Sep 16, 2021 at 16:04

CEST


The blackcap (Sylvia atricapilla) is a bird that, like the other members of the genus Sylvia (warblers), is small, graceful, with restless and determined movements. It can be seen moving between the branches of the undergrowth and it mainly feeds on insects and fruits. Therefore, as a good insectivore, it plays an iimportant role in controlling insect populations and helping to maintain balance in ecosystems.

It cannot be said to be a threatened species. Fortunately, their populations are not only stable, but appear to be on the rise across Europe. It is distributed throughout Spain, both in the Peninsula and in both archipelagos.

It measures between 13 and 15 centimeters in length. The male and female have different plumages. The first is unmistakable. Its upperparts are greyish brown, with the upper part of the head and forehead a glossy black. The female differs from the male mainly by the head, whose upper part is brown or reddish brown. The chest and flanks are paler in tone.

It breeds throughout Europe and the whole of the Iberian Peninsula, where it is characterized by being one of the most abundant birds at all levels, although in winter they appear in greater numbers. This is so due to the arrival of a multitude of specimens towards the end of September and in October, coming from other parts of Europe.

Four subspecies in Spain

The blackcap has nine subspecies, of which there are four in Spain. One of them is the nominal (S. atricapilla atricapilla), widely extended, except for deforested areas of the northern sub-plateau, the Ebro valley and the Iberian páramos. Another subspecies is the S. atricapilla heineken, which is found in the southern half of the Peninsula and the Canary Islands. On the other hand, S. atricapilla obscura it is endemic to the Canary Islands. And finally, S. atricapilla paulucii It is in the Balearic Islands and the Canary Islands.

This bird is basically forest. Breeds in wooded, shady land with a dense undergrowth, although it can also be seen in parks and gardens with abundant vegetation.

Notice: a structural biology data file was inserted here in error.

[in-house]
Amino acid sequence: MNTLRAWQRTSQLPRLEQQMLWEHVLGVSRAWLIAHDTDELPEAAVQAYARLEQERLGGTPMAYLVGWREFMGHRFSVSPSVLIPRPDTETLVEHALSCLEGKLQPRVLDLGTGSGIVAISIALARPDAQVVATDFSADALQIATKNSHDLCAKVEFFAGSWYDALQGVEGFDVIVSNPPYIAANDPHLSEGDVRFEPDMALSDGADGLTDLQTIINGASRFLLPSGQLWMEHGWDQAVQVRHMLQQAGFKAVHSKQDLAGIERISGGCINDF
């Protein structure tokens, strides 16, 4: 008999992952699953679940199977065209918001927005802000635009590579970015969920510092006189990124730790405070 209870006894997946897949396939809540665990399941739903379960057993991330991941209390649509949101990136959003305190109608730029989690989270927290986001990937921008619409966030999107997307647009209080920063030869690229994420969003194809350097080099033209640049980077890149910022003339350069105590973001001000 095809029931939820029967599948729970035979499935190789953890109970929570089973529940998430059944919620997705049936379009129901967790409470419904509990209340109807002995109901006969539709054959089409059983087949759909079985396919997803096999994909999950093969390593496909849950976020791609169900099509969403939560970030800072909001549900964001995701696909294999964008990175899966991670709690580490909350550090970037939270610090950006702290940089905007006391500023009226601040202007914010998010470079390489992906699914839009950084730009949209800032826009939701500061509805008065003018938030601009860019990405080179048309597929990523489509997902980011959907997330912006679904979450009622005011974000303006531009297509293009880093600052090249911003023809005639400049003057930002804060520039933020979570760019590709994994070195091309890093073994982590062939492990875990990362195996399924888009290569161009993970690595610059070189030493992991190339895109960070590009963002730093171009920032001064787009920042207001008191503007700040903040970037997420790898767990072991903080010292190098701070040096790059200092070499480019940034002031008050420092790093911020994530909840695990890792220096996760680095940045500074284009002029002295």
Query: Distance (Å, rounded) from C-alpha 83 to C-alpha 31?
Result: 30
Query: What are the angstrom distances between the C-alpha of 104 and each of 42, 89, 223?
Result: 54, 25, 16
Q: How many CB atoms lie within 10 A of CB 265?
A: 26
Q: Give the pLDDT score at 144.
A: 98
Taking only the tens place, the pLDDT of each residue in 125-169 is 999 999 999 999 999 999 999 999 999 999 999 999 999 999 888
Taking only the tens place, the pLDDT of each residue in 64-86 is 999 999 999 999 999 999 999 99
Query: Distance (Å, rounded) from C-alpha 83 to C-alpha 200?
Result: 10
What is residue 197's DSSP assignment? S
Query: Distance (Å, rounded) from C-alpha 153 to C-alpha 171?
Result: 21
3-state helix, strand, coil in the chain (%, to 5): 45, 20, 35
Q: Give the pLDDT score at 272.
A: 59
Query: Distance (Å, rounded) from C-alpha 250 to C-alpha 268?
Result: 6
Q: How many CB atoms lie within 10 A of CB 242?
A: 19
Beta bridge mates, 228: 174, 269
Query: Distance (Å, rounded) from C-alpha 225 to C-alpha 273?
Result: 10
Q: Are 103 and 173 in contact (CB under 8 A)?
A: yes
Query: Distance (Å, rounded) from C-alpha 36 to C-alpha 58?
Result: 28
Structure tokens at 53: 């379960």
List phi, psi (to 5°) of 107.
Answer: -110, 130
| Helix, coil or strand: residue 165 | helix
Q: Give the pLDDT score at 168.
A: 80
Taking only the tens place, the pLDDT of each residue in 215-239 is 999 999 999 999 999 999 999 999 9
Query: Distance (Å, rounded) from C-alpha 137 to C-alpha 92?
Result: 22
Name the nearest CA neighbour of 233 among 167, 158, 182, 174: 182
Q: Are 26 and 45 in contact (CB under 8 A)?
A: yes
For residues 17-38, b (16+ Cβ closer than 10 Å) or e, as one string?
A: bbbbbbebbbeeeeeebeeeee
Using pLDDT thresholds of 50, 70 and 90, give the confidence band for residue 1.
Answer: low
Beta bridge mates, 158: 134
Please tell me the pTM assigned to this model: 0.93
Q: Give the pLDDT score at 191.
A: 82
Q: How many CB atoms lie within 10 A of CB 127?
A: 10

There we will see the warbler jumping from cup to cup, from bush to bush, and moving restlessly, without stopping for just a moment, from branch to branch. The same behavior is exhibited by other warblers, such as the black-headed or the mosquito net.

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During the spring, it basically feeds on beetle and dipteran insects, but also caterpillars and larvae. He is also a lover of fruit, as chickens are fed by their parents with cherries, figs and other wild fruits. In winter, for example, they eat a lot of apples.

The beautiful and restless blackcap, ally of the field

They have a pleasant song, beginning with a rich and somewhat messy chirp, followed by a short series of whistles. The chorus presents variations according to the areas and according to the clans that make up the blackcap.

The mating season takes place in autumn and winter. In order to dominate a certain territory where there are females, the male becomes especially showy, fully ‘inflating’ his plumage and thus increasing its volume, while dropping the wings, which are left hanging as if they were too heavy. At the same time, the queue opens and closes.

Nest: male says where and female builds

When approaching females, males offer a wide repertoire of trills. It is his, in short, a whole wedding choreography in which he displays all his weapons.

Once you have a partner, you will build a very simple nest, light and with few materials. It is usually the male who chooses the place by simply placing a few dry herbs, as an indicative signal. But, finally, it will be the female who builds it. Between them, they manage to have it ready in three or five days.

The beautiful and restless blackcap, ally of the field

The blackcap usually lays between 3 and 5 eggs and they breed between the months of May and July after an incubation period of 11 or 14 days.

The population of this species is growing. It is estimated that in Europe there are between 25 and 49 million couples, while in Spain there could be, according to the latest censuses, between 850,000 and 1,500,000 pairs, as a nesting population. It is considered out of danger and, therefore, is not included in the Red List of the International Union for Conservation of Nature (IUCN).

Photos: Wikipedia

Warbler file in El Miteco: https://www.miteco.gob.es/es/biodiversidad/temas/inventarios-nacionales/curruca_capirotada_tcm30-100170.pdf

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